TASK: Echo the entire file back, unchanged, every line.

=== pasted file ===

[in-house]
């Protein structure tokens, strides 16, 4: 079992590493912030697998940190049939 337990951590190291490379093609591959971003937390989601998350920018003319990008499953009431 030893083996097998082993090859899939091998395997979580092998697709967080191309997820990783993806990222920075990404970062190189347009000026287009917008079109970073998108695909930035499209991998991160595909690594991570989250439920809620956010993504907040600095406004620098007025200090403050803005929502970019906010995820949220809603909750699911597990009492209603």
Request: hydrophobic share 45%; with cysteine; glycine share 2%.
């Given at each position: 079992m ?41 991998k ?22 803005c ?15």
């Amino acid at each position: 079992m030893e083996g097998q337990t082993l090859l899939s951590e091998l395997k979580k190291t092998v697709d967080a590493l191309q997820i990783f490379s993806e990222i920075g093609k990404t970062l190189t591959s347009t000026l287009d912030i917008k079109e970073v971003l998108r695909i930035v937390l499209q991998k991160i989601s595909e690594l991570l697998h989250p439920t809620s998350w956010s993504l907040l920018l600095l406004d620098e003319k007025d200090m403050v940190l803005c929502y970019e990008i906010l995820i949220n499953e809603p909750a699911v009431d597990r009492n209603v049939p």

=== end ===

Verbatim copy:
[in-house]
């Protein structure tokens, strides 16, 4: 079992590493912030697998940190049939 337990951590190291490379093609591959971003937390989601998350920018003319990008499953009431 030893083996097998082993090859899939091998395997979580092998697709967080191309997820990783993806990222920075990404970062190189347009000026287009917008079109970073998108695909930035499209991998991160595909690594991570989250439920809620956010993504907040600095406004620098007025200090403050803005929502970019906010995820949220809603909750699911597990009492209603």
Request: hydrophobic share 45%; with cysteine; glycine share 2%.
């Given at each position: 079992m ?41 991998k ?22 803005c ?15």
């Amino acid at each position: 079992m030893e083996g097998q337990t082993l090859l899939s951590e091998l395997k979580k190291t092998v697709d967080a590493l191309q997820i990783f490379s993806e990222i920075g093609k990404t970062l190189t591959s347009t000026l287009d912030i917008k079109e970073v971003l998108r695909i930035v937390l499209q991998k991160i989601s595909e690594l991570l697998h989250p439920t809620s998350w956010s993504l907040l920018l600095l406004d620098e003319k007025d200090m403050v940190l803005c929502y970019e990008i906010l995820i949220n499953e809603p909750a699911v009431d597990r009492n209603v049939p």